Critics contend the FISA court is too compromised to conduct genuine oversight. It meets in secret, and the presiding judge hears only the government's argument before issuing a decision that can't be appealed or even reviewed by the public. "Like any other group that meets in secret behind closed doors with only one constituency appearing before them, they're subject to capture and bias," said Elizabeth Goitein, co-director of the Brennan Center for Justice's Liberty and National Security Program.

Startling Success

A Reuters investigation found that from 2001 to 2012, FISA judges approved 20,909 surveillance and property search warrants while rejecting only 10. Almost 1,000 of the approved requests required modification, and 26 were withdrawn by the government before a ruling. That's a startling win rate for the government.

Perhaps the federal government is simply very judicious in invoking its surveillance authority. But it's also possible that empowering the chief justice - especially one with an expansive view of state police powers - to appoint every FISA judge has led to a tilted court. That's probable even if the chief justice has been conscientious in his selections.

Harvard Law School professor and Bloomberg View columnist Cass R. Sunstein has found that judges are more ideologically rigid when their fellow judges are from the same party, and more moderate when fellow judges are from the other party. "Federal judges (no less than the rest of us) are subject to group polarization," he wrote.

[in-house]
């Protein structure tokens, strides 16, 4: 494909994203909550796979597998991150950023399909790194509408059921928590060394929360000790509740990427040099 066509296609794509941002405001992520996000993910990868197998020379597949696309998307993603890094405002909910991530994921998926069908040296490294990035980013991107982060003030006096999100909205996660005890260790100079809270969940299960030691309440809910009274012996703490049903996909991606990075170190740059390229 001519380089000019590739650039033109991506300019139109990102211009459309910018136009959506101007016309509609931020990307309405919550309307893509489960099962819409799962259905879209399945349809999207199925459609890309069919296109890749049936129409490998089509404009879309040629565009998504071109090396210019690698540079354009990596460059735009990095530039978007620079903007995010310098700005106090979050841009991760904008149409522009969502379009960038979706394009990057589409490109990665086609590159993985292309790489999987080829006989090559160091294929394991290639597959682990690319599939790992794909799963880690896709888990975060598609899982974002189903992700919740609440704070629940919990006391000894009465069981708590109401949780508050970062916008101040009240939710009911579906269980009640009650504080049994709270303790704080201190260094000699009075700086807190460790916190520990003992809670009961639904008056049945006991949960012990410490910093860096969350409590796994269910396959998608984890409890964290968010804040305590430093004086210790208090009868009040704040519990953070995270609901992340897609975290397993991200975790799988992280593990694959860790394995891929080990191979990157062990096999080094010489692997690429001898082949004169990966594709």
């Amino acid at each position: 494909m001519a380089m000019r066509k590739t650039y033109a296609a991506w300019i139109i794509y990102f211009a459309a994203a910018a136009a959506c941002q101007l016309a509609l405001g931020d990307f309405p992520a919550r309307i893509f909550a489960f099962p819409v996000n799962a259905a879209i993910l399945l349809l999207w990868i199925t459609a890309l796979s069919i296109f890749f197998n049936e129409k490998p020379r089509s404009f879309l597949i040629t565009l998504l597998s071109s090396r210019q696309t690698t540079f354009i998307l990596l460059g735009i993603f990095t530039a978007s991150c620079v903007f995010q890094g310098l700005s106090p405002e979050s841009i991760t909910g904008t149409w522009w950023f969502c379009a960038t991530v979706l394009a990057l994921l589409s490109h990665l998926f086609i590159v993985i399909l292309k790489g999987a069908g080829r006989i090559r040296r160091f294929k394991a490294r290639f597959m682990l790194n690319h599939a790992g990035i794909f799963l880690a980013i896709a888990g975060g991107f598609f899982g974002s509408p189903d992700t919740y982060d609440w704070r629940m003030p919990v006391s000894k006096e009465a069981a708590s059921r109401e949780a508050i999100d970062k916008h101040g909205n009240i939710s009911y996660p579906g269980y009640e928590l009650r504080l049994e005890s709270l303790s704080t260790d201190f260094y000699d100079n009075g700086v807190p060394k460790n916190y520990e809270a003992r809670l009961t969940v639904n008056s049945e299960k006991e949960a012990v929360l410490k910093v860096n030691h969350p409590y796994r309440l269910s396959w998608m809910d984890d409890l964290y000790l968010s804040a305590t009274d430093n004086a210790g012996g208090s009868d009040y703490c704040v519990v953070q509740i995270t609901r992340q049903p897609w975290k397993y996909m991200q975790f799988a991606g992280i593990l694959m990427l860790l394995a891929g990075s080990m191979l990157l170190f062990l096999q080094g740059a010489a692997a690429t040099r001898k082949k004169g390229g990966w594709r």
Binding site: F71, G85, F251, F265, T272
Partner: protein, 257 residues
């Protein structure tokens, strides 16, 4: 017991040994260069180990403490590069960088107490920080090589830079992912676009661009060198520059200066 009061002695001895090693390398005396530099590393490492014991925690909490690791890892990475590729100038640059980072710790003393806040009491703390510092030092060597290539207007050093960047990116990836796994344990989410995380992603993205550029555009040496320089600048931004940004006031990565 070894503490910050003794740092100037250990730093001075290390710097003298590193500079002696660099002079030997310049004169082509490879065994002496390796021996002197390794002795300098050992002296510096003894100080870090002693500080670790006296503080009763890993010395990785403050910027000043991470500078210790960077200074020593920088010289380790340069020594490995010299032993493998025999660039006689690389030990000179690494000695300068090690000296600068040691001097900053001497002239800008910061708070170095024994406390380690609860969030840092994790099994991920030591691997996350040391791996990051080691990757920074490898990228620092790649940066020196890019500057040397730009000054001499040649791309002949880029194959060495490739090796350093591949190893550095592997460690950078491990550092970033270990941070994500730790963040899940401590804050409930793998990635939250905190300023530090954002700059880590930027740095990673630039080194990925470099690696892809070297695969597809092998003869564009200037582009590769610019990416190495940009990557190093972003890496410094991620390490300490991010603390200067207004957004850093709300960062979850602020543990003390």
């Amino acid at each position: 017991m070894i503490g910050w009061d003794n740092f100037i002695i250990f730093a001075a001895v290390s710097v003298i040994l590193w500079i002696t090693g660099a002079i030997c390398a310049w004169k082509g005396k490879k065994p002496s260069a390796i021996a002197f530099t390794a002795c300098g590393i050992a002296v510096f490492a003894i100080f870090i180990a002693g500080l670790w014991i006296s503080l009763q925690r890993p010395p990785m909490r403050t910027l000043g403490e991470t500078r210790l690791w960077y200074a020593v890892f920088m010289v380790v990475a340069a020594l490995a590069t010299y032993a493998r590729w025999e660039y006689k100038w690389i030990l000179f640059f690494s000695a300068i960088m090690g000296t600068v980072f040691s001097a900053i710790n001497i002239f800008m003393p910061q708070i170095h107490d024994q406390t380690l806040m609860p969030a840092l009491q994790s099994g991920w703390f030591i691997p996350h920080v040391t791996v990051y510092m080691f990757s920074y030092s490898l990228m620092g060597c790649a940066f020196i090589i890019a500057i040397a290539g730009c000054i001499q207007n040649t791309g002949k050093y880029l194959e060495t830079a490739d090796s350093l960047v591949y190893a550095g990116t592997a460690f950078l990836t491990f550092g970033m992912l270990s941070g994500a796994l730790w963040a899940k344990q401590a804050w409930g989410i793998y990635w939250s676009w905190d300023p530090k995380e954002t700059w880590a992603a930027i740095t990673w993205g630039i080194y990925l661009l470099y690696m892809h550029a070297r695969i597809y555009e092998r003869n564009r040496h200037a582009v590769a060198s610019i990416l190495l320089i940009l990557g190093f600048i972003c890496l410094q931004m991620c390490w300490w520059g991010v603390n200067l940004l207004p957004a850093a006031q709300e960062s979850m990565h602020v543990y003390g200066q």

The FISA court is composed of federal judges. All are appointed by the same man. All but one hail from the same political party. And unlike judges in normal courts, FISA judges don't hear opposing testimony or feel pressure from colleagues or the public to moderate their rulings. Under these circumstances, group polarization is almost a certainty. "There's the real possibility that these judges become more extreme over time, even when they had only a mild bias to begin with," Cato's Sanchez said.

Just as the likelihood of polarization in the FISA court is more pronounced than in normal courts, the stakes are also higher. If trial judges are unduly biased, their rulings can be overturned on appeal. But FISA judges decide the momentous questions of who the government may spy on and how. Their power is awesome, and their word is final. And, as the great legal scholar Kanye West said, no one man should have all that power. your social media marketing partner


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+21 # X Dane 2013-07-07 23:33
Justice Roberts, definitely has MUCH too much power, and that he is NOT impartial is crystal clear, since he is .....with on exception....on ly choosing republican judges.
He is always finding for the big corporation and the powerful..... Average citizens do not have a chance for justice in our highest court. This is the land of the free?......Just ice for ALL?????
+5 # Barbara K 2013-07-08 12:26
X Dane: You are so correct. No one who was not elected by the people should not have that much power. I think these judges should be elected officials with term limits and age limits. Some drastic changes need to be made or we are going nowhere fast. He even looks sneaky and crooked. Wish there was a way to get rid of him. There should be a way to rid ourselves of these crooks on our major court.

-4 # SMoonz 2013-07-08 14:02